These leaps into a world of emasculated Christianity are examples of surrendering to expedience. We are mainstreaming dissident minorities at the expense of eternal values, and we will reap eternal consequences.
In a world devoid of absolutes, particularly regarding divine authority, the path of least resistance may seem reasonable. That path is inherent in the culture created by the radical religious “liberators” of the 1920s. Typical of Bible-hostile Protestant theologians was Harry Emerson Fosdick (1878–1969) who opined from his New York City pulpit in May 1922 that belief in the virgin birth was nonessential, the inerrancy of Scripture was not credible, and the literal Second Coming of Christ was outmoded.
Ecumenical conclaves were notable for sidetracking or forsaking essentials in favor of a convictionless harmony that accomplished little more than to record irrelevant opinions. Unfortunately, the consequence of spiritual leaders becoming militant, “religious,” agnostic secularists is devastating. In America it has opened the gates to a revolution that tolerates every radical eruption from the “God is dead” folly to today’s all-out war to expunge God’s name from every aspect of American life. Caught in the middle of this unbridled, hateful, anti-God fury are Bible-believing Christians—now being tagged as radical, dangerous purveyors of bigotry and divisiveness.
Two years ago I wrote about a cross that had stood in the Mojave Desert in the western part of the United States for more than 70 years. (See “The Cross in the Desert” in the January/February 2010 issue.) The Veterans of Foreign Wars had erected the memorial in 1934 as a tribute to veterans of World War I. But when someone objected to the cross being on public land, a federal court of appeals ruled in 2004 that it had to come down.
The matter went to the U.S. Supreme Court; and until the court overturned the ruling, the cross was boxed to keep it out of sight. It seemed eerily ironic that the Cranston High banner was also ordered covered while school officials decided whether to appeal. Imagine the effrontery. Because of the bigotry of two people—a high school student and a desert-drive-by atheist—symbols revered by millions of American Christians for nearly 250 years, as well as by Christians everywhere for two millennia, had to be covered and hidden from sight. The insult is obvious. Yet outrage over such trampling of sacred values is virtually nonexistent.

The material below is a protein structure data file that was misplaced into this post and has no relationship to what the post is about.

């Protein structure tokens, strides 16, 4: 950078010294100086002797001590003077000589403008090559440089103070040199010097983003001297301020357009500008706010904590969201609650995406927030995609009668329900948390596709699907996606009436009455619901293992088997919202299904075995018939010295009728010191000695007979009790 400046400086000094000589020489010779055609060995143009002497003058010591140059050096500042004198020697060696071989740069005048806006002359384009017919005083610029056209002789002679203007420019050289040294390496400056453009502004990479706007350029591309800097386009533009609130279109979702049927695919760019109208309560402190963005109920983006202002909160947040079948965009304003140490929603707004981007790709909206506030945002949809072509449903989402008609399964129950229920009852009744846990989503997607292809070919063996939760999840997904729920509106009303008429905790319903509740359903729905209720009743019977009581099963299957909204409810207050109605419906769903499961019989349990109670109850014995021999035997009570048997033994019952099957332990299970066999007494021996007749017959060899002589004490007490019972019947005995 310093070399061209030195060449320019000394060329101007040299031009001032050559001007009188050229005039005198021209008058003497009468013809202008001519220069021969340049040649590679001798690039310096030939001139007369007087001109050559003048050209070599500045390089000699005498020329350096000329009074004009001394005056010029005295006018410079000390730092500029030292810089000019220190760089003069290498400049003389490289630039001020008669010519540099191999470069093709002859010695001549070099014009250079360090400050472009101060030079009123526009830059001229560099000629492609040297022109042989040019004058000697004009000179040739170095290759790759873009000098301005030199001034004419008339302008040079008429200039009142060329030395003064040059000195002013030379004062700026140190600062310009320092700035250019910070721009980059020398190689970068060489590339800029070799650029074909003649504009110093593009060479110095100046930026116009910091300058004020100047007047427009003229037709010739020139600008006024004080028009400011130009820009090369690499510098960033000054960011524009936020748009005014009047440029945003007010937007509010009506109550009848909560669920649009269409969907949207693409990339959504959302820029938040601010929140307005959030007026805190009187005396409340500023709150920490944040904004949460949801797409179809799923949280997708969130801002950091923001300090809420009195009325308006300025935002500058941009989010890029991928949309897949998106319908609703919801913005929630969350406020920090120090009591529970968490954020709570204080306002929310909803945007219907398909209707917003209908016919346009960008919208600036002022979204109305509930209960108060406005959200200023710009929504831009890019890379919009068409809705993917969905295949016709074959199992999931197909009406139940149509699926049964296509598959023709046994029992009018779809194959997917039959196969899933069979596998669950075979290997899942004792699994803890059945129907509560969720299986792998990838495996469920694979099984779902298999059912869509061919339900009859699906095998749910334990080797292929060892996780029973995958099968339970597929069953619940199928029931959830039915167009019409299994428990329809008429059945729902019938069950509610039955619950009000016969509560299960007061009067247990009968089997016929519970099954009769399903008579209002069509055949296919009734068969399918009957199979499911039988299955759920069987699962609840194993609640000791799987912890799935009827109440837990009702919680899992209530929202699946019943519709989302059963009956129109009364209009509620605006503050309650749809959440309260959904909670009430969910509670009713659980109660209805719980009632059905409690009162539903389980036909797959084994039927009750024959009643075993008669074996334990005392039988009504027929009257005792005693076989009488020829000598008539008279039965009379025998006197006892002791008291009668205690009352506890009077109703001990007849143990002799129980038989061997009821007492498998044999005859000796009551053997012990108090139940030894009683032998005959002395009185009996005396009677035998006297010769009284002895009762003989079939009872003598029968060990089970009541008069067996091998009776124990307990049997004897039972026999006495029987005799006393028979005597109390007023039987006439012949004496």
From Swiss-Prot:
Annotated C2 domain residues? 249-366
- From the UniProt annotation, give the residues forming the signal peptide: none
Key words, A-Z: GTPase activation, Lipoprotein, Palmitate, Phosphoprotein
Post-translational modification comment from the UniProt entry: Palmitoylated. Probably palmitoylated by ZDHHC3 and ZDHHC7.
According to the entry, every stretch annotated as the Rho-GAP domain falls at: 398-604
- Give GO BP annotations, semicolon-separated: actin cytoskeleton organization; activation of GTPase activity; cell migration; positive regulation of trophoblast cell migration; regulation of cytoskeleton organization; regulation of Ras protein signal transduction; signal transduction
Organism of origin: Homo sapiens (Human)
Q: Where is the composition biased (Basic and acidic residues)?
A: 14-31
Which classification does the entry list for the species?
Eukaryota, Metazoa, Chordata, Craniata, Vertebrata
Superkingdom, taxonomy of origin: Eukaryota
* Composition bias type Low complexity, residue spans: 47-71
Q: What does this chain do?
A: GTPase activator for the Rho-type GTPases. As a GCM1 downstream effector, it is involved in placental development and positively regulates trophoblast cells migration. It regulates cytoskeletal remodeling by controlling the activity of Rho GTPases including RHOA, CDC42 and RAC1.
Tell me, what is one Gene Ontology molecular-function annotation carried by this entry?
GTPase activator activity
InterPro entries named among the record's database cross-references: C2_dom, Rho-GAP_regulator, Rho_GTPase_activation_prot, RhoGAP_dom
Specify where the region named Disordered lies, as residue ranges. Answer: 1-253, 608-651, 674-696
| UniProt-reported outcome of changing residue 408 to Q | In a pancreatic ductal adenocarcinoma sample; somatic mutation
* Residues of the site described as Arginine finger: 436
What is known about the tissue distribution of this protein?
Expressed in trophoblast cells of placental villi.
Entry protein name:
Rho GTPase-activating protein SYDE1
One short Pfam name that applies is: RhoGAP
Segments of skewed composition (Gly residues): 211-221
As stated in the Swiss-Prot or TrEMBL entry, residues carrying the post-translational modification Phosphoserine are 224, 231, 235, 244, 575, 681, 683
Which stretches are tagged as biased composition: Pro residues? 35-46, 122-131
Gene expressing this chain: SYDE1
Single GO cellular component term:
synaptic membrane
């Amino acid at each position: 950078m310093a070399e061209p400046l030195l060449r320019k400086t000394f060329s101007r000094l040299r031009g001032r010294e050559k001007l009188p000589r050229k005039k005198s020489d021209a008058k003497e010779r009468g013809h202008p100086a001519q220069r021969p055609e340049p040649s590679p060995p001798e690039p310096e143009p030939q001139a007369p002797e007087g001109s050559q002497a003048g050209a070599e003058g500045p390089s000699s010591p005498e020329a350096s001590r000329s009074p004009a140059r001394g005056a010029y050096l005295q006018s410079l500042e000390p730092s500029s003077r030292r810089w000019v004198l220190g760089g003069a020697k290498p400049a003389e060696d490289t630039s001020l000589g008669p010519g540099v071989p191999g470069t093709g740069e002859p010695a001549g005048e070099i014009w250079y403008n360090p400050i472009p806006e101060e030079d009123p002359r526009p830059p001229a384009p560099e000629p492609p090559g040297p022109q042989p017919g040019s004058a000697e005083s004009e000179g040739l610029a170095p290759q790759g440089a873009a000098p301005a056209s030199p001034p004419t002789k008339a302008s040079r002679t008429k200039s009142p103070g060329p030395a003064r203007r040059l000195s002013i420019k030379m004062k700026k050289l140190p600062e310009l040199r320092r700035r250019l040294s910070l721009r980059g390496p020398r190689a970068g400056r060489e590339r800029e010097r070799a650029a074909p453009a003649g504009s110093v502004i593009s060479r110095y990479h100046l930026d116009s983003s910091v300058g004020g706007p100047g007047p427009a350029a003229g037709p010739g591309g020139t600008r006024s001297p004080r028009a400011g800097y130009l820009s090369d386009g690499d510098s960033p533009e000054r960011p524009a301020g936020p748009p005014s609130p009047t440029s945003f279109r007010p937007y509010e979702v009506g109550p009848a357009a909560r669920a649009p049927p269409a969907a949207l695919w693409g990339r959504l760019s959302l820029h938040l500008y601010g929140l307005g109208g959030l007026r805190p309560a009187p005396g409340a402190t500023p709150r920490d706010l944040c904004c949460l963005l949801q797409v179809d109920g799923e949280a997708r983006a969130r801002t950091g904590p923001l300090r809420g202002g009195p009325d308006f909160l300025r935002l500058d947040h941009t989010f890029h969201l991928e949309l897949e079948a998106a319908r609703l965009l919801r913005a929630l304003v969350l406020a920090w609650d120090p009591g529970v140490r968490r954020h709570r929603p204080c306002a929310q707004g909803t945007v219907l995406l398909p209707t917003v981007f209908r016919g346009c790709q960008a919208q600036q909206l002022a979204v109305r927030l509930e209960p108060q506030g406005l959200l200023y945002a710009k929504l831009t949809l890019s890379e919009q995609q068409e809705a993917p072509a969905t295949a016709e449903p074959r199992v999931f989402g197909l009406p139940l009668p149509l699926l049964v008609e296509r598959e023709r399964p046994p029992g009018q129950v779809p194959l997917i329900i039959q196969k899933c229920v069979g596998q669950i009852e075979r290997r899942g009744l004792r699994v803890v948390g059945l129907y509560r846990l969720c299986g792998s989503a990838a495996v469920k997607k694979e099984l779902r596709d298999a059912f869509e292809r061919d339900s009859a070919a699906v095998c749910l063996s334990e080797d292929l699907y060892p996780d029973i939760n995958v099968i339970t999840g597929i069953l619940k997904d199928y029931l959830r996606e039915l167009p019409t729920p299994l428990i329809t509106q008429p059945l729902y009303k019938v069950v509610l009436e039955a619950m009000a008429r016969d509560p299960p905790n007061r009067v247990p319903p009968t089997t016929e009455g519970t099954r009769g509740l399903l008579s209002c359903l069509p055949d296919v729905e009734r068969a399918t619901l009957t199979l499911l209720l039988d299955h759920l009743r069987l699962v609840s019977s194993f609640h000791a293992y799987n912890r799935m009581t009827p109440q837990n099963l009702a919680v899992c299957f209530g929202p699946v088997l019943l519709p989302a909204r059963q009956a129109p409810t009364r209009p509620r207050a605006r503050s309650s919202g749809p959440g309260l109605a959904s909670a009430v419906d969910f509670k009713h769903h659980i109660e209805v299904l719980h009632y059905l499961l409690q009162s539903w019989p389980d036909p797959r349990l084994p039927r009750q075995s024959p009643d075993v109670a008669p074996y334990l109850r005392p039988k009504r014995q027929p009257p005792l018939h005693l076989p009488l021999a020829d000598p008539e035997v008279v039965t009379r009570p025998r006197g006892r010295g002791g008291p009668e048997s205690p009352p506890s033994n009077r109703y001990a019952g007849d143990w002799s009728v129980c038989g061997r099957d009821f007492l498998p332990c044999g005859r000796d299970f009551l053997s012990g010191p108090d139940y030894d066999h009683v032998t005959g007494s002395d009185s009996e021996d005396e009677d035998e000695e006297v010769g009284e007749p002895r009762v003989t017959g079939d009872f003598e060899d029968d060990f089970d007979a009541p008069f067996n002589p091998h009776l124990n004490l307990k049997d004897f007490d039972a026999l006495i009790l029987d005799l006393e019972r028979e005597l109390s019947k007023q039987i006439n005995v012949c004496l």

Compare the reaction to the deliberate desecration of God’s name here in America with the events in Afghanistan in February. The inadvertent burning of Qur’ans fueled an Islamic firestorm that led to murder and may-hem in the streets. Our Lord and His Book have brought Christians to a higher standard: compassion, mercy, and reasonable tolerance toward those who differ with us. However, there are limits to how long this will be the case if the crusade to dismantle our sacred heritage continues. The future doesn’t look promising. And we will do well to remember that once God is displaced, the inevitable result is chaos.
The Divine Caveat
Scripture tells us and history repeatedly demonstrates God is long-suffering. But it also warns us He is not long-suffering forever. You cannot make war with the sovereign Creator and win. The greatest of human errors is to believe independence from God will bring a better world.
The mood among dissenters might best be described as Babelesque. In the tower of Babel incident recorded in Genesis 11, the ancients made a calculated decision to go it alone and create a society forged on human independence, man-made religion, and humanly crafted self-sufficiency. It didn’t take God long to obliterate their efforts and leave them with the unhappy consequences.
In reality, all God deniers have ridden the wave of that philosophy. They believe in a sham Shangri-la that is merely a delusional declaration of independence and a one-way ticket to catastrophe.
How far things will go before God exercises His prerogative to set things right is anybody’s guess. But given today’s exploding tyranny of the minority, we may soon find out.
- Joel Richardson, “New Bible Yanks ‘Father,’ Jesus as ‘Son of God,’” January 30, 2012 <wnd.com/2012/01/new-bible-yanks-father-jesus-as-son-of-god>.